Thus an electronic document disrupts the very meaning of the word “document.”  Electronically, a “document” can be viewed from anywhere in the world at the same time via the Internet, can have its wording and its look changed at will without any sign left behind that there was an earlier version, and can encompass other documents as well as encourage reading out of order.  This may seem exciting (for example, we can hyperlink a document so that any possible problem or interest a reader may experience can be answered with the click of a mouse) but it carries dangers as well.

A paraphrase, which would not be acceptable, might read:

Therefore an electronic document upsets the actual meaning of the word “document.”  In electronic form, a “document” can be seen all over the world all at once via the Internet, can have its words and what it looks like altered at will without having left behind any indication that there was an earlier form, and can include other documents as well as support the idea of reading out of order.  This might seem good, but it carries dangers as well.

Notice that I’ve borrowed sentence structure and even words from the original without really interpreting it. Now let me express the material in my own words:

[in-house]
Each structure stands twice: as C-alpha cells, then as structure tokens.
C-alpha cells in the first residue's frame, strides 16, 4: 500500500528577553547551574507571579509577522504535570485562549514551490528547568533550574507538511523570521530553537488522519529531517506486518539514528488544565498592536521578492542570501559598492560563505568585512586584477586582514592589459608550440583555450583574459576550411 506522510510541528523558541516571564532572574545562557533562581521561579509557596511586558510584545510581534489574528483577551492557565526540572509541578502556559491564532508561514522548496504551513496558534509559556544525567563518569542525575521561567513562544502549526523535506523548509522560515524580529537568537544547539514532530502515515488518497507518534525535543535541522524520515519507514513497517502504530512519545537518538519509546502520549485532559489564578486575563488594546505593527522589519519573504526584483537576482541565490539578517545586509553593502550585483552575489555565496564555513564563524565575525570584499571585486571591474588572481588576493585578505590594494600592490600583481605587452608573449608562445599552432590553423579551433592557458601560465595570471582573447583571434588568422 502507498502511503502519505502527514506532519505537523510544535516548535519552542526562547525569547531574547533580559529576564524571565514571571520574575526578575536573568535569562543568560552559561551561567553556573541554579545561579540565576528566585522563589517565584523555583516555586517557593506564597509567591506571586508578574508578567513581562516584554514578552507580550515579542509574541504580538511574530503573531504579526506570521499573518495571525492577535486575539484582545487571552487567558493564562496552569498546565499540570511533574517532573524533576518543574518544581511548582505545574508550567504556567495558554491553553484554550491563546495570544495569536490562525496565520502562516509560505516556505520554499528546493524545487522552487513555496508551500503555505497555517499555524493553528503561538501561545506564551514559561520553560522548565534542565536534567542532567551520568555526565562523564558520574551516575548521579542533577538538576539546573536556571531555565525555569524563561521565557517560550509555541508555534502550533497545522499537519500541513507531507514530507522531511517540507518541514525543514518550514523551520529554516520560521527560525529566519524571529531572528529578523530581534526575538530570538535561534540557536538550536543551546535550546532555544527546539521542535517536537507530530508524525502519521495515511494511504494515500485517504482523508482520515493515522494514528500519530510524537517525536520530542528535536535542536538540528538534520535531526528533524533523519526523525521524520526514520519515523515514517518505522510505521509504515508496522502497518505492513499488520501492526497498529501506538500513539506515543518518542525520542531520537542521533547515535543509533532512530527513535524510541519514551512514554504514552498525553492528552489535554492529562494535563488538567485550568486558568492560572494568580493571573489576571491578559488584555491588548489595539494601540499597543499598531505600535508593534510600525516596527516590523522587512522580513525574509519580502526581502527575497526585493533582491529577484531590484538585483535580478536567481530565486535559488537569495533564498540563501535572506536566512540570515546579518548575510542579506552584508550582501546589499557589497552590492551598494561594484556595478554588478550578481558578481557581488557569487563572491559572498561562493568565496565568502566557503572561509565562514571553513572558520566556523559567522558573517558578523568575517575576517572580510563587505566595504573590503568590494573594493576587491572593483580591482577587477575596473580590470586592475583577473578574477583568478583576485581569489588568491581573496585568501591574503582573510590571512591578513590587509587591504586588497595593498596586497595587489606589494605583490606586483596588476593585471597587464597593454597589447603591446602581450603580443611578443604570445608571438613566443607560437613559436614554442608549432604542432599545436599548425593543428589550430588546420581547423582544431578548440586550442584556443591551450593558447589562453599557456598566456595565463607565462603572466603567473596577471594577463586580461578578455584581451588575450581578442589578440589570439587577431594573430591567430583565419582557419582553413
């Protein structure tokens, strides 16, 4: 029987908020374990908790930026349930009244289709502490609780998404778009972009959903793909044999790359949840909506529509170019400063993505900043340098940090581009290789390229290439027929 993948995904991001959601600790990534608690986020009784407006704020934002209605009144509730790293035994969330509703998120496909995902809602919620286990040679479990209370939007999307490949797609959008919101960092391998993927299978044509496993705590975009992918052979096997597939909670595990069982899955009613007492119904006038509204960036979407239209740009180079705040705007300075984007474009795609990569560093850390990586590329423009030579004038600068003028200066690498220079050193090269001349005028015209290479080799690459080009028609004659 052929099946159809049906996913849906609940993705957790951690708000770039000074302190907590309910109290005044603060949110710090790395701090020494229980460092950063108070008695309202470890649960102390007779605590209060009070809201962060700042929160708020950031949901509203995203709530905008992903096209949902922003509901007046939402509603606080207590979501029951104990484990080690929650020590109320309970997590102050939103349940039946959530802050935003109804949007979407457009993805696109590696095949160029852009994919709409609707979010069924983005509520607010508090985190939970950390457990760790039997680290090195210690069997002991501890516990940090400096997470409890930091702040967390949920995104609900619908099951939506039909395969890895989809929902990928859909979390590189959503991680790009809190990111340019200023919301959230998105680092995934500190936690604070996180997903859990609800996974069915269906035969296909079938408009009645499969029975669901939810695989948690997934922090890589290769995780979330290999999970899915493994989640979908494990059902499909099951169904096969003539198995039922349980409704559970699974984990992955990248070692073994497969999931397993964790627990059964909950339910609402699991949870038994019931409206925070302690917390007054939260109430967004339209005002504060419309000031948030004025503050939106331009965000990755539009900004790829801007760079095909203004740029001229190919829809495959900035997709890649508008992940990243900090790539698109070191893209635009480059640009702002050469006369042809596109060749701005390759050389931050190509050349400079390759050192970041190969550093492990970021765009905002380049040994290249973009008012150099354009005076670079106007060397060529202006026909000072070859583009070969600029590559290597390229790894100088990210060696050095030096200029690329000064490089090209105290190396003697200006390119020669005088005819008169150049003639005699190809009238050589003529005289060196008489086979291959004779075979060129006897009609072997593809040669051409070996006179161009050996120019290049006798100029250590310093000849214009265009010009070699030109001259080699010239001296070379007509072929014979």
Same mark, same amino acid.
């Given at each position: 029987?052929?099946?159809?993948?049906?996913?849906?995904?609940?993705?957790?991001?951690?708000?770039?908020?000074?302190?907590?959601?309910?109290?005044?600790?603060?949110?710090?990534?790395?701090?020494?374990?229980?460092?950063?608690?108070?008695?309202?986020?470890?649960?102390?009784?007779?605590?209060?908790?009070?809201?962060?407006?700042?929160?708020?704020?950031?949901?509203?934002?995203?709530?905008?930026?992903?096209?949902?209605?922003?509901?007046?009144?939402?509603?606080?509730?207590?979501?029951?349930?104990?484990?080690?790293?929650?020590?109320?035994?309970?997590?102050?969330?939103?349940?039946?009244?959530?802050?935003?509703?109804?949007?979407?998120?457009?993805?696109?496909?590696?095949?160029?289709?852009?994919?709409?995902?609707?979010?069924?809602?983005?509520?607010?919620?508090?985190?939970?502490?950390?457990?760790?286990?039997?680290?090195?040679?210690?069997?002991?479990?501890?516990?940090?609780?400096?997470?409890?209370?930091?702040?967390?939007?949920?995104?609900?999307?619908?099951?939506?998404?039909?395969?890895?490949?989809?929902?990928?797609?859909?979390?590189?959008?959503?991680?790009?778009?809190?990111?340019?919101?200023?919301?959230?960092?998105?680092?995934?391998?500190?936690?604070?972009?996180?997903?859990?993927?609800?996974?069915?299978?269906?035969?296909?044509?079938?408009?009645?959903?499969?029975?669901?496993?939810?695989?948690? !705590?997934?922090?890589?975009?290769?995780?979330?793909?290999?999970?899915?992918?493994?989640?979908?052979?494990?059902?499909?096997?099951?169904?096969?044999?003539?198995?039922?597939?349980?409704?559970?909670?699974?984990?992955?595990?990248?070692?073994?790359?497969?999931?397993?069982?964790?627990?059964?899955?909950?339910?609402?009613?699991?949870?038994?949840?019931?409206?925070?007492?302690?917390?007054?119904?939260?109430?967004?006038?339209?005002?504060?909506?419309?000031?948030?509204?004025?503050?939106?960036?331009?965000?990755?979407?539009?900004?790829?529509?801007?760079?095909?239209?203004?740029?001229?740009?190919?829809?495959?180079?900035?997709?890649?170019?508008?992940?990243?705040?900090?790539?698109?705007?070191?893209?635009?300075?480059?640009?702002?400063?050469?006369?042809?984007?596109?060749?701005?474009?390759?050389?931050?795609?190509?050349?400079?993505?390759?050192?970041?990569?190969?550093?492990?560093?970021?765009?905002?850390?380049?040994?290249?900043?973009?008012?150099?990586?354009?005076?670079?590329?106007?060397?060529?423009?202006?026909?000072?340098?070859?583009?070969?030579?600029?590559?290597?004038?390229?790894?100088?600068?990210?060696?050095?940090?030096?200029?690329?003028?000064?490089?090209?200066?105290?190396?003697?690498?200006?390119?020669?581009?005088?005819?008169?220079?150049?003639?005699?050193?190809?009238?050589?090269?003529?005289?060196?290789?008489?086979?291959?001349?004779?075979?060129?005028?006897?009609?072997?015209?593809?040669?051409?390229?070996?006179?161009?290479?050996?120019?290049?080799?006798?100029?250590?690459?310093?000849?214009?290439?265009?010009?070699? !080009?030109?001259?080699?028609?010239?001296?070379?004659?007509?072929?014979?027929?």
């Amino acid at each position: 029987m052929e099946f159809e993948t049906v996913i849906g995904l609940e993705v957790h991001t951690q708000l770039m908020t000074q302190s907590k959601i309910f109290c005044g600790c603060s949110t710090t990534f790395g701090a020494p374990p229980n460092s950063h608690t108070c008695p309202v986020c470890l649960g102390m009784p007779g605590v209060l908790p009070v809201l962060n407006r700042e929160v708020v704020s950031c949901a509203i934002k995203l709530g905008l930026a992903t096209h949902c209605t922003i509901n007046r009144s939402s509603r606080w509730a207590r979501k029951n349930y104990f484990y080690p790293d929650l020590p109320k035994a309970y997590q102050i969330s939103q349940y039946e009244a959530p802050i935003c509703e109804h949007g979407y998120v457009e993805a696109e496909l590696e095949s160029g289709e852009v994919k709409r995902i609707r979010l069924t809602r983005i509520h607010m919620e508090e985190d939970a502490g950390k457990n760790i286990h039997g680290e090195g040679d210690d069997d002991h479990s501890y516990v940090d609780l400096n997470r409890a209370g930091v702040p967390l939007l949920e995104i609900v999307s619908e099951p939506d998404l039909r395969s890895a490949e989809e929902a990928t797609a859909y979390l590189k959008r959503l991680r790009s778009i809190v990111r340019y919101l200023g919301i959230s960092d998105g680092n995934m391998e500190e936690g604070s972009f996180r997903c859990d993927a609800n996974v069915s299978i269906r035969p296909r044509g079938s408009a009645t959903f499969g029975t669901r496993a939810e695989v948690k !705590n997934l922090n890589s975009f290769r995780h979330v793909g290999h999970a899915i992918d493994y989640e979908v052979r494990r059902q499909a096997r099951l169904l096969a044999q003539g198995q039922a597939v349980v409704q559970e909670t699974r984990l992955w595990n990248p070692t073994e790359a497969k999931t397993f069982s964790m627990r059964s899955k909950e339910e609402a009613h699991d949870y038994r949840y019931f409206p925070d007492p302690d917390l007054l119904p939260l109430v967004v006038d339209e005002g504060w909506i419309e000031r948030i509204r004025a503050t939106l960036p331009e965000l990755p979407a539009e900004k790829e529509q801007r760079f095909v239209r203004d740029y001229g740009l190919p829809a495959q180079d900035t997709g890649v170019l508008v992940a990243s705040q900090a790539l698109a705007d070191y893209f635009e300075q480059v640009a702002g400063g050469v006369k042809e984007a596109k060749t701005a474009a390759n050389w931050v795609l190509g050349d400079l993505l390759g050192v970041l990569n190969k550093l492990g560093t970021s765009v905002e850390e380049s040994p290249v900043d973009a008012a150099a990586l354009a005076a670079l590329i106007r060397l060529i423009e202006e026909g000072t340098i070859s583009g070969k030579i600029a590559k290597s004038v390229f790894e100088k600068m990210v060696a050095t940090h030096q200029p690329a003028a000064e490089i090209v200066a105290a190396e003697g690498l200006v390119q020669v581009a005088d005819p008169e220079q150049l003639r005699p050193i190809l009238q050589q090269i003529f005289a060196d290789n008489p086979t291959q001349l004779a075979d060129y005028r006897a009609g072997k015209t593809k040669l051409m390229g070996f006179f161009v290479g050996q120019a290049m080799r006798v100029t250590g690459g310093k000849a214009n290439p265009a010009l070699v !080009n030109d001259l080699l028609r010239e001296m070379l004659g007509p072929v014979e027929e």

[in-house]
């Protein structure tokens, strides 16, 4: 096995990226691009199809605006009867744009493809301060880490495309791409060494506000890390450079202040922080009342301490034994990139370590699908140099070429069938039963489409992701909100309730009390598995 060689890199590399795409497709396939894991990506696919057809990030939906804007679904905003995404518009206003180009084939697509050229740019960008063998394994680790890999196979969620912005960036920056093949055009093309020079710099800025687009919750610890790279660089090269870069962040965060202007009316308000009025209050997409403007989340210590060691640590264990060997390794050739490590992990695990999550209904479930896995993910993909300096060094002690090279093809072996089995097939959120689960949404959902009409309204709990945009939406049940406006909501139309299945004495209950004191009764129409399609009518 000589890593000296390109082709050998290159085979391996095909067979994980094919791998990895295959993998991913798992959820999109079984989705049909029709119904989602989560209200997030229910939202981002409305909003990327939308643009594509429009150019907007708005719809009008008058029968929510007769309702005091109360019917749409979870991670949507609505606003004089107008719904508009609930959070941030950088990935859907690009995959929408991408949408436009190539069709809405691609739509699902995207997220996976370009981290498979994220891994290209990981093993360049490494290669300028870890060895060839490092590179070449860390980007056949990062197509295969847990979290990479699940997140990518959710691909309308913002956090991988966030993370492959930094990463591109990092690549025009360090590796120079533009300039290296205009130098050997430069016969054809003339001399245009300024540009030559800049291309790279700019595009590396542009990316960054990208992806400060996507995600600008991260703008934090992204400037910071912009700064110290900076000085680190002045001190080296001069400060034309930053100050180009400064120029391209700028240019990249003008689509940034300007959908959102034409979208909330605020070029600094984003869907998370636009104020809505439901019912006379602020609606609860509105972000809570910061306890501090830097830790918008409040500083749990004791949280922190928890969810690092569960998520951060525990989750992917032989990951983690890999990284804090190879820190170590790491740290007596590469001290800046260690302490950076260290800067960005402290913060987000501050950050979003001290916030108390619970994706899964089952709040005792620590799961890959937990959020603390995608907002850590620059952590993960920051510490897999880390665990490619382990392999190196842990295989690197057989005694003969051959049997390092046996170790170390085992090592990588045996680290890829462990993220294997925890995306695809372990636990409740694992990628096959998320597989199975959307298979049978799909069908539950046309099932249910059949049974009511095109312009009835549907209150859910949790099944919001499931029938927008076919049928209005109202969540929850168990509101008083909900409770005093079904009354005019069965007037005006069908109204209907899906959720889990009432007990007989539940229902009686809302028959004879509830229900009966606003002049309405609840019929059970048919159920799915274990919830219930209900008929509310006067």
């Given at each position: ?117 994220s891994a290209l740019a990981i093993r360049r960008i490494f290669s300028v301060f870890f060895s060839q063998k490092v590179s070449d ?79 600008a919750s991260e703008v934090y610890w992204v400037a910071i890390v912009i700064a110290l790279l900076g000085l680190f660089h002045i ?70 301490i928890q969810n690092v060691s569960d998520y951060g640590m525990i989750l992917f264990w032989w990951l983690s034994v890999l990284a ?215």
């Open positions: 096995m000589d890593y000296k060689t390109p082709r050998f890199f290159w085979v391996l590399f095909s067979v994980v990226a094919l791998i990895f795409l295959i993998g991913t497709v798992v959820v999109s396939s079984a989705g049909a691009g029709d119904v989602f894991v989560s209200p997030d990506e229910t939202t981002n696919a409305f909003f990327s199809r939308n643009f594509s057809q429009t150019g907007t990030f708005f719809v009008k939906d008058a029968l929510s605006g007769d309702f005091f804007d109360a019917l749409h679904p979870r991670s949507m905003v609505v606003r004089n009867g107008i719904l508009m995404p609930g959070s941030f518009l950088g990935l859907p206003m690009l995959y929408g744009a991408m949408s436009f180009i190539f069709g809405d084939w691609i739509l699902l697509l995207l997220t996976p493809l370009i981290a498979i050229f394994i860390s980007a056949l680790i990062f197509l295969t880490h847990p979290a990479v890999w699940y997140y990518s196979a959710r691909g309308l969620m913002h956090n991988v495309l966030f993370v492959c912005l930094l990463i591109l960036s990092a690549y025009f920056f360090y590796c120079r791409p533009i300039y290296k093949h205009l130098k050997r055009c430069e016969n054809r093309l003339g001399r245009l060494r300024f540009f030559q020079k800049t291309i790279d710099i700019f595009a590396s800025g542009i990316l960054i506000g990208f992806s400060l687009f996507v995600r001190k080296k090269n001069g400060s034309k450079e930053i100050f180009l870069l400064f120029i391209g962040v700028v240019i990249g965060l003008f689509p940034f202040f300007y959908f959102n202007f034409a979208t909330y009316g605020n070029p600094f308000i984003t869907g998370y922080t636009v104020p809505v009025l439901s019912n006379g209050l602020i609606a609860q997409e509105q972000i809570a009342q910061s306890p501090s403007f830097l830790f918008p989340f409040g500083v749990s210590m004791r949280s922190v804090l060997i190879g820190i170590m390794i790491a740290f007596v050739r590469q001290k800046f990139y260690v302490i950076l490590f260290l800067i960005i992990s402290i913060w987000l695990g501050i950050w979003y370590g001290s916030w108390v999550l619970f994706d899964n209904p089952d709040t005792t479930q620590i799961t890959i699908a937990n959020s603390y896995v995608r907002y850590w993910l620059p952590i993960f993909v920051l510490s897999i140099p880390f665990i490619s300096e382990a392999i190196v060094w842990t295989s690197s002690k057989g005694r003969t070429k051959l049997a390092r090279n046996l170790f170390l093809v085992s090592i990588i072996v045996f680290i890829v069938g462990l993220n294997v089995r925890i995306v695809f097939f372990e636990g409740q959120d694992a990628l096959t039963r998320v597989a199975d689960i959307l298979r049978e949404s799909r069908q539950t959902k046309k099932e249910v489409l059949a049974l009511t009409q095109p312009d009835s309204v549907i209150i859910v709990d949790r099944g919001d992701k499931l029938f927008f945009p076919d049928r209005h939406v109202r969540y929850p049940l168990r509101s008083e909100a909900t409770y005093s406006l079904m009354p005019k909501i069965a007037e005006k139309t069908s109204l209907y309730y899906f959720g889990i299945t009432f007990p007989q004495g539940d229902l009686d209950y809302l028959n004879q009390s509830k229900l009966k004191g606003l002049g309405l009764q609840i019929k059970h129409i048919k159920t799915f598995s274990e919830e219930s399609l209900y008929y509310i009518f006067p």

Badke argues that electronic documents are radically different from other things called “document.”  Electronic documents can instantly be seen everywhere on the Internet, people can alter them so that we have no idea what the original was, they can be linked to other electronic documents, and the order in which you read them may not be important.

What I have done is to interpret what I’ve read and express it mostly in different words (though it’s all right to use a few words from your source, maybe 5% or less).

Remember, though, that the main point of a research essay is not simply to quote or interpret others, but to evaluate their work and provide your own arguments.  Your analysis is extremely important.

Seven

The professor is mainly interested in seeing how well YOU have understood the material. Professors do not want you simply to repeat what you’ve read but to interpret what you’ve read, expressing your own understanding in your own words.

Six

But what if your English is not very good, and other writers have already expressed their thoughts in better grammar than you could ever use? The answer is that you still need to use your own words except for brief quotations.

What is Plagiarism?                     

For an 8 minute tutorial with sound that explains what plagiarism is and help you avoid it, go to: http://acts.twu.ca/library/Plagiarism_Short.swf